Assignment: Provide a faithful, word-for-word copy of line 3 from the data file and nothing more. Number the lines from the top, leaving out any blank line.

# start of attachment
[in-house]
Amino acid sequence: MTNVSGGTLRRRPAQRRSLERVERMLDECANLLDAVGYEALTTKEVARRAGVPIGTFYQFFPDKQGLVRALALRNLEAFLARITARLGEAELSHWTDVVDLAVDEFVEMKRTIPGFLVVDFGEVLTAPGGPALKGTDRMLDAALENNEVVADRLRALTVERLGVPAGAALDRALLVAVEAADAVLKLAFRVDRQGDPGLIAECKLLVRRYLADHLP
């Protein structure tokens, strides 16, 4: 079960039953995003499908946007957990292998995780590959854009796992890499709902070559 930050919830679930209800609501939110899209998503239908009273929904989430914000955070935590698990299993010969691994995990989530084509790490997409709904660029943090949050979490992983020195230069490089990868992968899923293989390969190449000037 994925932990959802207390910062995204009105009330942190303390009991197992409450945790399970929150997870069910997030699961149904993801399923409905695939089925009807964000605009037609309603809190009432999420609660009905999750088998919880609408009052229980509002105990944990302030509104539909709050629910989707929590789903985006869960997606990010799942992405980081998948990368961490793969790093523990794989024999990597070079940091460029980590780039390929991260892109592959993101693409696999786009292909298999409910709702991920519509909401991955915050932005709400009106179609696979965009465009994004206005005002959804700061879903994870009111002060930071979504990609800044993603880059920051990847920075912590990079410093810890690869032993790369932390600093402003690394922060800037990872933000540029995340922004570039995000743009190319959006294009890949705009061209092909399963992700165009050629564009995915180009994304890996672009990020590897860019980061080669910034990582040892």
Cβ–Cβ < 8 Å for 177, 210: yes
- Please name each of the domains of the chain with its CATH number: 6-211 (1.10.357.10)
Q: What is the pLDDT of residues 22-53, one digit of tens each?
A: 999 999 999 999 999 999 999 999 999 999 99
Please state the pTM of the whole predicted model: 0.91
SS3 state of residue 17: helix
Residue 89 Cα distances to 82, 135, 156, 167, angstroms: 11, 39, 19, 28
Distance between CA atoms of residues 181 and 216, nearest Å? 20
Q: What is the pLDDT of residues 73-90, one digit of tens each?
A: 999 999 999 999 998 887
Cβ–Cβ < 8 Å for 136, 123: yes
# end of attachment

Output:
């Protein structure tokens, strides 16, 4: 079960039953995003499908946007957990292998995780590959854009796992890499709902070559 930050919830679930209800609501939110899209998503239908009273929904989430914000955070935590698990299993010969691994995990989530084509790490997409709904660029943090949050979490992983020195230069490089990868992968899923293989390969190449000037 994925932990959802207390910062995204009105009330942190303390009991197992409450945790399970929150997870069910997030699961149904993801399923409905695939089925009807964000605009037609309603809190009432999420609660009905999750088998919880609408009052229980509002105990944990302030509104539909709050629910989707929590789903985006869960997606990010799942992405980081998948990368961490793969790093523990794989024999990597070079940091460029980590780039390929991260892109592959993101693409696999786009292909298999409910709702991920519509909401991955915050932005709400009106179609696979965009465009994004206005005002959804700061879903994870009111002060930071979504990609800044993603880059920051990847920075912590990079410093810890690869032993790369932390600093402003690394922060800037990872933000540029995340922004570039995000743009190319959006294009890949705009061209092909399963992700165009050629564009995915180009994304890996672009990020590897860019980061080669910034990582040892």